Druk Yul, or "Land of the Thunder Dragon," is the remote Himalayan kingdom we know as Bhutan. Isolated from the rest of the world by some of the highest mountain ranges on earth, Bhutan has retained much of its fascinating culture and is still poorly known by the West. Although most of it is now open to foreigners, tourist quotas are severely restricted and few travelers and even fewer birdwatchers have had first-hand experience of this unique and diverse country.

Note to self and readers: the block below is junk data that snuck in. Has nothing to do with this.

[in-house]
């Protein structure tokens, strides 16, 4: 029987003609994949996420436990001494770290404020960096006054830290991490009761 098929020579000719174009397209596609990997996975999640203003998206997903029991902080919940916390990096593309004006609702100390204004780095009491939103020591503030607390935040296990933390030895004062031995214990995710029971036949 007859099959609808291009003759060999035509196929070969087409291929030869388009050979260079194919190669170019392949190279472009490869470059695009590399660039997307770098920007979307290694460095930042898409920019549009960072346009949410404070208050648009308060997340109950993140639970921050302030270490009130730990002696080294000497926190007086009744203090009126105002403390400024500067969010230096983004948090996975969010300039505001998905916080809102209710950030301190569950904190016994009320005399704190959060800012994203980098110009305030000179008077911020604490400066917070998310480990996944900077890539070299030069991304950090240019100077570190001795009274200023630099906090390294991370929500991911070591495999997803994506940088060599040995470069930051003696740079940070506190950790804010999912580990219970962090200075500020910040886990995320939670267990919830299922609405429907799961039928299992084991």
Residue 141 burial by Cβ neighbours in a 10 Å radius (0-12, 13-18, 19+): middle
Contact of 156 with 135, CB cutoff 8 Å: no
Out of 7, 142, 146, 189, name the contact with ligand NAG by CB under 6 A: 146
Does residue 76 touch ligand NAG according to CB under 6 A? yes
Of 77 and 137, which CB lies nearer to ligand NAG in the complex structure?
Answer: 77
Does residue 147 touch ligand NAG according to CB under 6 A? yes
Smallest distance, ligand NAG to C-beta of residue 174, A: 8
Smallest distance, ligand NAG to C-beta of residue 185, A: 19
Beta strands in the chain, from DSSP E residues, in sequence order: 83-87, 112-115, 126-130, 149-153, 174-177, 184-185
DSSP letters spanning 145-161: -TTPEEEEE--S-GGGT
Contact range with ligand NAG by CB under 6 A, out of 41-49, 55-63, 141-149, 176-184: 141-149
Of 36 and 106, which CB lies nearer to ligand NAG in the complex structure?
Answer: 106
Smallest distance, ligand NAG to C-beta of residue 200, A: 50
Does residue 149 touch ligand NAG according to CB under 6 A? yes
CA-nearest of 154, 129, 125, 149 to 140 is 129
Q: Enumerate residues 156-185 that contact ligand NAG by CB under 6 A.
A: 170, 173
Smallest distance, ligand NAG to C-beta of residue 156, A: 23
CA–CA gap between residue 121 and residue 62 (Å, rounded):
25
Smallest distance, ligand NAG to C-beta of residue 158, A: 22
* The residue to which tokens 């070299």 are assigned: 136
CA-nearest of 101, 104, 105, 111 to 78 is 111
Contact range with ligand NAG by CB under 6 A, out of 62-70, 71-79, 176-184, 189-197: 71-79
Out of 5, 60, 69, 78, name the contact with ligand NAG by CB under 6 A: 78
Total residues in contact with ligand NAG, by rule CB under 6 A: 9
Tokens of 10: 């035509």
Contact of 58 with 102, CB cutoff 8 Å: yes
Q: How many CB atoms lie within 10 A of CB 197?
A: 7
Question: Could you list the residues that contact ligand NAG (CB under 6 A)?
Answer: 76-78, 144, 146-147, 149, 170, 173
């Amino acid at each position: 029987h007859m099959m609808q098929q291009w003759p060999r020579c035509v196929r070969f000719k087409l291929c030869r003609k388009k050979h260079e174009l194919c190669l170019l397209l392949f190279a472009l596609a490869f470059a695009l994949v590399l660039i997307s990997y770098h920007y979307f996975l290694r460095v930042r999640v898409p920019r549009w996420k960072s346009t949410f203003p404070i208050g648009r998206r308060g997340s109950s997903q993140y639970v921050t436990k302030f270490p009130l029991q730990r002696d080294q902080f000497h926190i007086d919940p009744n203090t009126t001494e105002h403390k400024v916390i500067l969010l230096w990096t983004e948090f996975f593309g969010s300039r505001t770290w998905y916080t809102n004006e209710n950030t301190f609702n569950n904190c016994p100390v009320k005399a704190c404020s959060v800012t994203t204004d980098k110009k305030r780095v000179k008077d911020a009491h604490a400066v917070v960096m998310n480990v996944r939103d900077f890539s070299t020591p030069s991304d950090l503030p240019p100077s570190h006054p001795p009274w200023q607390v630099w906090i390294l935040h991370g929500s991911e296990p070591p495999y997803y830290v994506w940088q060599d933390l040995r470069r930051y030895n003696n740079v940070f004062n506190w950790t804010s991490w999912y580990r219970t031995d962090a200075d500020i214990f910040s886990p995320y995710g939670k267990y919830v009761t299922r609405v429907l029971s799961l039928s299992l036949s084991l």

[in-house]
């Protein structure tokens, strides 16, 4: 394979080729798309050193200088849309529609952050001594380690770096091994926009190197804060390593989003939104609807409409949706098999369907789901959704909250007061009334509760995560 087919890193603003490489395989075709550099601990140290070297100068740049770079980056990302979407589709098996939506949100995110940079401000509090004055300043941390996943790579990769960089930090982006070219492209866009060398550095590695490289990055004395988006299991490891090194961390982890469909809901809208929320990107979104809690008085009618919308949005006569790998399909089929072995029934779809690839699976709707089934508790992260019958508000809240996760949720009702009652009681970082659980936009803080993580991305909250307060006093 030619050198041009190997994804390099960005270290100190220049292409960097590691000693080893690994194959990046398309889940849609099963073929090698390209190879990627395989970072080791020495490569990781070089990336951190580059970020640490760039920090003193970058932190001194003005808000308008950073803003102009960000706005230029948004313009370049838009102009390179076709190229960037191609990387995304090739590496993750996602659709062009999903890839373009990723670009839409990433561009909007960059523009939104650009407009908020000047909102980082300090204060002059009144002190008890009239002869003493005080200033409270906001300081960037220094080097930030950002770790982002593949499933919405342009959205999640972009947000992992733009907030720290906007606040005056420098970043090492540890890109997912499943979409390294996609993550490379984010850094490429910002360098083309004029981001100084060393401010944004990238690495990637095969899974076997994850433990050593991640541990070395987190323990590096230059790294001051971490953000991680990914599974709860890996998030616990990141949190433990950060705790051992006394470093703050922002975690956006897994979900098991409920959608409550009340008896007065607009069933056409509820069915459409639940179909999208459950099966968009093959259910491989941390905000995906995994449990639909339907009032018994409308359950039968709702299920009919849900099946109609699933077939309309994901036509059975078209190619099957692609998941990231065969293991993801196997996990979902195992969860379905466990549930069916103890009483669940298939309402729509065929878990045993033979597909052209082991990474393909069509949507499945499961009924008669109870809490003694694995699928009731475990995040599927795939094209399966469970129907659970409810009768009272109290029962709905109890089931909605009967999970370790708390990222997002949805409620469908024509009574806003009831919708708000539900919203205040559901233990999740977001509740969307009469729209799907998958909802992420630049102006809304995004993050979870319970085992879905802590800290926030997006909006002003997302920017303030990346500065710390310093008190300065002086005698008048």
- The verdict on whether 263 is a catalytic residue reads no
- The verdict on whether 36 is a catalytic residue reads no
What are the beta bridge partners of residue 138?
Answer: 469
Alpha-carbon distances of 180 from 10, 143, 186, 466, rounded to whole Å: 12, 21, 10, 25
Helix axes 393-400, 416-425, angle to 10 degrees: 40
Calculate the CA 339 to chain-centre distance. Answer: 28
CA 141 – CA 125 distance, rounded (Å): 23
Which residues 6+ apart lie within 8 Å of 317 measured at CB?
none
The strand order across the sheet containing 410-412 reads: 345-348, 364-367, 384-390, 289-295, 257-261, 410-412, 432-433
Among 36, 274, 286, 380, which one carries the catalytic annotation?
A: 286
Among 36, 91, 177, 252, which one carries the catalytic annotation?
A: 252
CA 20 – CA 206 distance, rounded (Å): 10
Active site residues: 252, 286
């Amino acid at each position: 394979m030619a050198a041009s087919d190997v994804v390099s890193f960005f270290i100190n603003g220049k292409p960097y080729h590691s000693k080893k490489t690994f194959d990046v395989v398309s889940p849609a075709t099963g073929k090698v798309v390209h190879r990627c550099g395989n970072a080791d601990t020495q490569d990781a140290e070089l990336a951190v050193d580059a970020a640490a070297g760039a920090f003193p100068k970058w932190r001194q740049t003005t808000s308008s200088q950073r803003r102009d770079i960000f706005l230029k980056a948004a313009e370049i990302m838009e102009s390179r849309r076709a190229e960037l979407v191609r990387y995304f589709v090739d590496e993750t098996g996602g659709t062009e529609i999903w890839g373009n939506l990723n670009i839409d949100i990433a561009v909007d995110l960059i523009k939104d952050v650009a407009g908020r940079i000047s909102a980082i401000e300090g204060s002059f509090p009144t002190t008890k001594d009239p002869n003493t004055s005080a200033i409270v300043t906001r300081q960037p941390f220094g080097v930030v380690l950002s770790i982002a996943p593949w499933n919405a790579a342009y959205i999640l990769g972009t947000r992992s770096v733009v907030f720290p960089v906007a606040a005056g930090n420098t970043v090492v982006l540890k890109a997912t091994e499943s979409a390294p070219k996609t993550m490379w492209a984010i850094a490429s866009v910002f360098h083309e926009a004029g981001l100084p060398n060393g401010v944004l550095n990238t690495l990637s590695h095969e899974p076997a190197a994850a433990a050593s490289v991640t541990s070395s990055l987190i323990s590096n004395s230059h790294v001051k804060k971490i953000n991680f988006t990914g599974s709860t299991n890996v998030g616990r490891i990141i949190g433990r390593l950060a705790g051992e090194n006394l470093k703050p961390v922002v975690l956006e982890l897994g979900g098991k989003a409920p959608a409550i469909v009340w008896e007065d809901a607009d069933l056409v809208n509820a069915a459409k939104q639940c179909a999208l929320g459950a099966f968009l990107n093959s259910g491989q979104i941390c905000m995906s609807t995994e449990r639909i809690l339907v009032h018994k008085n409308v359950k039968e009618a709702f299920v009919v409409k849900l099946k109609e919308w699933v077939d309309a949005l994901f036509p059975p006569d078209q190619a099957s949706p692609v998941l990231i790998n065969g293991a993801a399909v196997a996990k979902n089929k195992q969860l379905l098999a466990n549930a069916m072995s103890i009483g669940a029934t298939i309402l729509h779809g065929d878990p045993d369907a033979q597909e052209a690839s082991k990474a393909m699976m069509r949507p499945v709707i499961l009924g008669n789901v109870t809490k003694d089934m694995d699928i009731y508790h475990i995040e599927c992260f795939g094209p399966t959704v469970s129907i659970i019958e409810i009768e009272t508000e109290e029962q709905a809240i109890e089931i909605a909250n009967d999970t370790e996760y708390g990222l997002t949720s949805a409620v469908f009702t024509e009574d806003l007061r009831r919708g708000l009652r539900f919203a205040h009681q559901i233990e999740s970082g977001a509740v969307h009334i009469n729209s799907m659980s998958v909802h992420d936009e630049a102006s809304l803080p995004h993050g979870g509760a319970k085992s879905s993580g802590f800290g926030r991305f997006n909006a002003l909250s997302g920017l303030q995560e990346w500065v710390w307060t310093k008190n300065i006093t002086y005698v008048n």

On this tour we’re sure to see birds in abundance. Over 70 percent of the land surface is forested, only a small fraction is cultivated and much of the remainder is above the treeline. Over 600 species have so far been recorded in Bhutan and a significant number, such as Satyr Tragopan, Blood Pheasant, Wedge-billed, Long-billed and Bar-winged Wren-Babblers, Yellow-throated Fulvetta and Fire-tailed Myzornis, are far easier to see here than anywhere else on earth. And Bhutan is virtually the only accessible place to see several others such as White-bellied Heron, Ward’s Trogon, Beautiful Nuthatch and Blue-fronted Robin. It is difficult to distill Bhutan’s attractions into a short account: there is stunning mountain scenery; incredible geographic and ecological diversity with tropical rainforest along the country’s southern border and forests of oak, rhododendron and conifer across the higher, more northerly slopes; and there are the Bhutanese people themselves, whose ancient traditions still form an integral part of everyday life—their beautiful monasteries, dzongs and fluttering prayer flags; their colorful clothes, bizarre archery contests and personable natures.Bhutan fires the enthusiasm of all who have visited it, leaving them with a sense of privilege and a longing to return.